Quite an interesting blog entry about and net neutrality. Paul Sweeting summarizes various views espoused by academic economists during a video policy symposium. Some highlights:
“Copyright is a very big issue in the legal world today, but in the business world, when you talk to consumers about protecting copyrights, it’s a dead issue,” he said. “It’s gone. If you have a business model based on copyright, forget it.”
According to Faulhaber, the “world of open piracy,” created by digital technology will always thwart content owners seeking to leverage the monopoly granted to them by copyright law.
Though today the iTunes/Amazon model seems to be the more popular one, commentators said that a better business model would be one where content providers would “hook up with the conduit guys.” Monetizing the content would presumably be easier because providers can control its distribution.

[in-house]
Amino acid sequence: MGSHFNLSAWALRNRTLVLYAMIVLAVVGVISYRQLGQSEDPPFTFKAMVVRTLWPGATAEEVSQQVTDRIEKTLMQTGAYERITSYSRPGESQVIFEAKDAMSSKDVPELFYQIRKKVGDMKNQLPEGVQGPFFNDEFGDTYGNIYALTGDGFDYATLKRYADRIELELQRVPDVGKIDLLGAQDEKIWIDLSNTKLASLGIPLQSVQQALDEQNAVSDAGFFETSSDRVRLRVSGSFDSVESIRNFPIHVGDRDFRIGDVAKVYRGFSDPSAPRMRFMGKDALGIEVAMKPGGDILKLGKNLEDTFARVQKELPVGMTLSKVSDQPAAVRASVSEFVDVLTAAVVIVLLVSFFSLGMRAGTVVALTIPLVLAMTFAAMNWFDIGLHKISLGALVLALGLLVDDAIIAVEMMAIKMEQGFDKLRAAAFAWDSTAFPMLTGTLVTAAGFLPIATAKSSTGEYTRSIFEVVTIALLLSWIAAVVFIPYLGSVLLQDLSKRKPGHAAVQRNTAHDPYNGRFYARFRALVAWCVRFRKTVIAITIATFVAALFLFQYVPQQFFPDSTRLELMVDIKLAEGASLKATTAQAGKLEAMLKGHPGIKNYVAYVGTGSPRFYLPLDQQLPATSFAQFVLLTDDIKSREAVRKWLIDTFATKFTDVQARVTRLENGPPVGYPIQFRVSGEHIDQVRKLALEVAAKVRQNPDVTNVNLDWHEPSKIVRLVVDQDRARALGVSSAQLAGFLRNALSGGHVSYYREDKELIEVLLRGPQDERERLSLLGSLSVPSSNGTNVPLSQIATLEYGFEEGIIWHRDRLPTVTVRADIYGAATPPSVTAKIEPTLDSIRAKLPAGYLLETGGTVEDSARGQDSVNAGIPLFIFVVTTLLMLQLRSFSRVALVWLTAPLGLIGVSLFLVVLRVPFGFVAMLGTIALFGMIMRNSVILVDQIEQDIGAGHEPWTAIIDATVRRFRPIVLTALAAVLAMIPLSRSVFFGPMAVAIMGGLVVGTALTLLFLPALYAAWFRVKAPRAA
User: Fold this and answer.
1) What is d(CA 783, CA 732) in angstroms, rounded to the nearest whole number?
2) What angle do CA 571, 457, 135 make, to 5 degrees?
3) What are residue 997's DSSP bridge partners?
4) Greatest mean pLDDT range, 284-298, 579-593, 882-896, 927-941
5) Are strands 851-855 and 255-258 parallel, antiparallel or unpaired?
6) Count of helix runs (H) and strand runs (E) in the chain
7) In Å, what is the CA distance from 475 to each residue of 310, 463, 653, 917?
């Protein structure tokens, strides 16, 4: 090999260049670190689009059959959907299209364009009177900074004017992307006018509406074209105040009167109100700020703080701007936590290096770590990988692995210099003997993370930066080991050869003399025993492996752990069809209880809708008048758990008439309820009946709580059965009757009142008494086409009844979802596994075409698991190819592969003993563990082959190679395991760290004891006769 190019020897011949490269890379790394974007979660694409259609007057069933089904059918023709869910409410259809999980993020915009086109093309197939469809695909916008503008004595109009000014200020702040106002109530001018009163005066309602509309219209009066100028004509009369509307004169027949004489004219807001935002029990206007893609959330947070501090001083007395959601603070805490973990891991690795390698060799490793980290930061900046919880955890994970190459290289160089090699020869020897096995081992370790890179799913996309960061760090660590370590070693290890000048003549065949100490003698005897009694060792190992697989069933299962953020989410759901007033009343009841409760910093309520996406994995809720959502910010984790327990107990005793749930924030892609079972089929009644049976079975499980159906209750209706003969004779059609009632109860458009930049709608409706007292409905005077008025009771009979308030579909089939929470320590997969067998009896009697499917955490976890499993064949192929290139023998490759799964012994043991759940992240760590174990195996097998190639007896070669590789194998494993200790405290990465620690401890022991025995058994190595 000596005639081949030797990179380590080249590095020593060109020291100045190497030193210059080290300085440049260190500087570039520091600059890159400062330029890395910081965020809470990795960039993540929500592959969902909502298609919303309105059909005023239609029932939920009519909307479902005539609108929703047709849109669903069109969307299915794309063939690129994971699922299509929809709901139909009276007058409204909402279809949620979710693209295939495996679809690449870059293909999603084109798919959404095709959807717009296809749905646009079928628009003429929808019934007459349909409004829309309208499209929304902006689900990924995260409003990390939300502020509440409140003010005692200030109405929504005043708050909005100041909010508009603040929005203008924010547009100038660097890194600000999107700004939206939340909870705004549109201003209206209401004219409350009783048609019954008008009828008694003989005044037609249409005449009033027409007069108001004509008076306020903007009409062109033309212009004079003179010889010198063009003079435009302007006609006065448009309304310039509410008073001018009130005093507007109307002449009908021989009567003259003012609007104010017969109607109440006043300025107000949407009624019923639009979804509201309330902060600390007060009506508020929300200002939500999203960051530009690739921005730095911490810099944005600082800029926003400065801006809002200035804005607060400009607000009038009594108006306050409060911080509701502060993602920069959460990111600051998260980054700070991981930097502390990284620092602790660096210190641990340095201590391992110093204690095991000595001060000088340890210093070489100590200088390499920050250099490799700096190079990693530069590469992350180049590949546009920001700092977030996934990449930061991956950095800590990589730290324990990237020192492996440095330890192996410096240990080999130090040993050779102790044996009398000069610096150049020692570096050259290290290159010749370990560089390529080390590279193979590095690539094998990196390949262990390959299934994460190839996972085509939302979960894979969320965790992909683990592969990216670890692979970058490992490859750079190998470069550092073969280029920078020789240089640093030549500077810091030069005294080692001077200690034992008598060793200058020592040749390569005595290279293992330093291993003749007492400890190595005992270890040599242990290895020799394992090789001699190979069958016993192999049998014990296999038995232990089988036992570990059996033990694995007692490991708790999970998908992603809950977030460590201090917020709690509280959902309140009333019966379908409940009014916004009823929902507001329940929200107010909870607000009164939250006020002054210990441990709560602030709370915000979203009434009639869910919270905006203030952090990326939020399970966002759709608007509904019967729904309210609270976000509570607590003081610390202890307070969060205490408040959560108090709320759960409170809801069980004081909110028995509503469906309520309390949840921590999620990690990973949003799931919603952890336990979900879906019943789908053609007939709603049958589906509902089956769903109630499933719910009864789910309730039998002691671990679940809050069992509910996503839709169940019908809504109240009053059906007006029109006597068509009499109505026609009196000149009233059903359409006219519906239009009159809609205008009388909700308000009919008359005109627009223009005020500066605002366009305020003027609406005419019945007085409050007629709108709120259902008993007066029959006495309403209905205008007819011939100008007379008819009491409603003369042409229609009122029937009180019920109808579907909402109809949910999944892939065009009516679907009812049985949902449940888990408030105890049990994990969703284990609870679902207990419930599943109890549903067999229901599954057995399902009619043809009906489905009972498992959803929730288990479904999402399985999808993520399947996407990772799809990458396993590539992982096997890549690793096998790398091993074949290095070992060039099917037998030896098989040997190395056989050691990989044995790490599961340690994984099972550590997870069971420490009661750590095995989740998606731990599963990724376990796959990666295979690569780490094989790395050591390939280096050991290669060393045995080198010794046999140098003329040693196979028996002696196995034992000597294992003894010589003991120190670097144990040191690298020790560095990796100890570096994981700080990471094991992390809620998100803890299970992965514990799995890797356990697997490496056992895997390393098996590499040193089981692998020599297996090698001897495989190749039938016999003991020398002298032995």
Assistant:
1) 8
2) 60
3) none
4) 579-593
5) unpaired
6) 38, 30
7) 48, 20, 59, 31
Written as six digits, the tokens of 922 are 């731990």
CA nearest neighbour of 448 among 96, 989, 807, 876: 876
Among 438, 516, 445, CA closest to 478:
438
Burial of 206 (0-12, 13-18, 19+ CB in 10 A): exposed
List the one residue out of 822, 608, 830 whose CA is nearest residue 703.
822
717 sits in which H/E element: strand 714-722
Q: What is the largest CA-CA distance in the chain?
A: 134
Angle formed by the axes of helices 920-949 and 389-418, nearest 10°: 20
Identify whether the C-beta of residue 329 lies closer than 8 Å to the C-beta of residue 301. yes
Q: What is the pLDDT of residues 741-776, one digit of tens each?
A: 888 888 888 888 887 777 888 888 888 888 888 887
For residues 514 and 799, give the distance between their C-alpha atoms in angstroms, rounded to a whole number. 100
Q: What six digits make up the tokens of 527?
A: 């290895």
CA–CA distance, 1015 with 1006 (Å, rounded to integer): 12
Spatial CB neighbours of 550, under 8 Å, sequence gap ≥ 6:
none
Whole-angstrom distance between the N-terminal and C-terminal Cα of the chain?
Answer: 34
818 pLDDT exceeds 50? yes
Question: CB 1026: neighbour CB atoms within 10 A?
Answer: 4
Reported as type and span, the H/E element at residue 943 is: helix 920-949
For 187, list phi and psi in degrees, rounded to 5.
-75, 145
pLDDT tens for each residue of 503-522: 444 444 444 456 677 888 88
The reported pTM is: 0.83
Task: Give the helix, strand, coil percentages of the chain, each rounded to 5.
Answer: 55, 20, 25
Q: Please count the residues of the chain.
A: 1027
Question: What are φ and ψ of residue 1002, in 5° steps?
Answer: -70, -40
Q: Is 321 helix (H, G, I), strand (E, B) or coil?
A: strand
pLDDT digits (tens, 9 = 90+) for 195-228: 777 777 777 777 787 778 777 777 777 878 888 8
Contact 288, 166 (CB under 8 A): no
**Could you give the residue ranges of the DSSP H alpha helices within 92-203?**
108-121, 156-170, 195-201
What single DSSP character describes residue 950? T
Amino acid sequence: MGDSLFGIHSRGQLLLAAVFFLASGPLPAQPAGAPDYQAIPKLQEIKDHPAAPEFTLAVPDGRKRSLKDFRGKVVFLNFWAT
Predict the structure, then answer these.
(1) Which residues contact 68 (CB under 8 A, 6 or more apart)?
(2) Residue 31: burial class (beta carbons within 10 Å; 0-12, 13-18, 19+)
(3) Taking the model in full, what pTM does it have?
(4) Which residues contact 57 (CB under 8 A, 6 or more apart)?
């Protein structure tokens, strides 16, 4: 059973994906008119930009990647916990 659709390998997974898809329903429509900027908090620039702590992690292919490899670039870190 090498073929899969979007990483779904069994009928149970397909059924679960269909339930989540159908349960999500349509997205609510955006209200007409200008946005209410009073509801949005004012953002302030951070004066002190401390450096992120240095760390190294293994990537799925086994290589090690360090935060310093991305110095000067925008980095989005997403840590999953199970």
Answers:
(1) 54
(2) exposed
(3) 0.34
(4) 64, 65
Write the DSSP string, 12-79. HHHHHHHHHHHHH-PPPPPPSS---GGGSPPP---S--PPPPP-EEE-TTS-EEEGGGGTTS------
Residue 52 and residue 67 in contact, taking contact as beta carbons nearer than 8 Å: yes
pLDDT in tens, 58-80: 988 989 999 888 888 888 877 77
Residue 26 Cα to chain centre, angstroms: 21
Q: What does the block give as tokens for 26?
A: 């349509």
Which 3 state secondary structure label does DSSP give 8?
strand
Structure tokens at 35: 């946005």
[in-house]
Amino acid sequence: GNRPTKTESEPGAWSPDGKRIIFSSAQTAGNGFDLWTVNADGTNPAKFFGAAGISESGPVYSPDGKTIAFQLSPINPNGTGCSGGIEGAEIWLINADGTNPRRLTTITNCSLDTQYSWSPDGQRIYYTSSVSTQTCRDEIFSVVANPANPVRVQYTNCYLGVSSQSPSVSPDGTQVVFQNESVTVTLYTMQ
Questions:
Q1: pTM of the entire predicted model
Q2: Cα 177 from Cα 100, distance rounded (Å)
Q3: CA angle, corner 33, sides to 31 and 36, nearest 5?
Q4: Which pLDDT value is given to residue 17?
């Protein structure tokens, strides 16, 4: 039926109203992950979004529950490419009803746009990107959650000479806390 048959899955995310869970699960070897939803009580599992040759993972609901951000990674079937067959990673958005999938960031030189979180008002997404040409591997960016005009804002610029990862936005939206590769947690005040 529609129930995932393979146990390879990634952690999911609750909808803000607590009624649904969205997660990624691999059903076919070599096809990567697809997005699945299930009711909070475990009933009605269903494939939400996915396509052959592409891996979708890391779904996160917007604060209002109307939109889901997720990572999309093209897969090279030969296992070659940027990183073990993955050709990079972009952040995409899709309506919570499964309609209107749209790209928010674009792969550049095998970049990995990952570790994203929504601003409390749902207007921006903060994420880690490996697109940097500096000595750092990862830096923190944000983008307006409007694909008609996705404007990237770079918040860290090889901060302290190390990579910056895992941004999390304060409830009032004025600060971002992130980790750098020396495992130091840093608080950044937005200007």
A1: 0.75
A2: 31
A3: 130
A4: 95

Finally, because the bandwidth required for high quality video is not yet cheap, providers are seeking to economize that scarce resource through traffic shaping or network management. Wharton professor Gerry Faulhaber has said that regulating or prohibiting traffic shaping would make things worse: “Regulating traffic shaping will reduce available capacity. If demand exceeds supply, total throughput on a network declines, sometimes to zero.”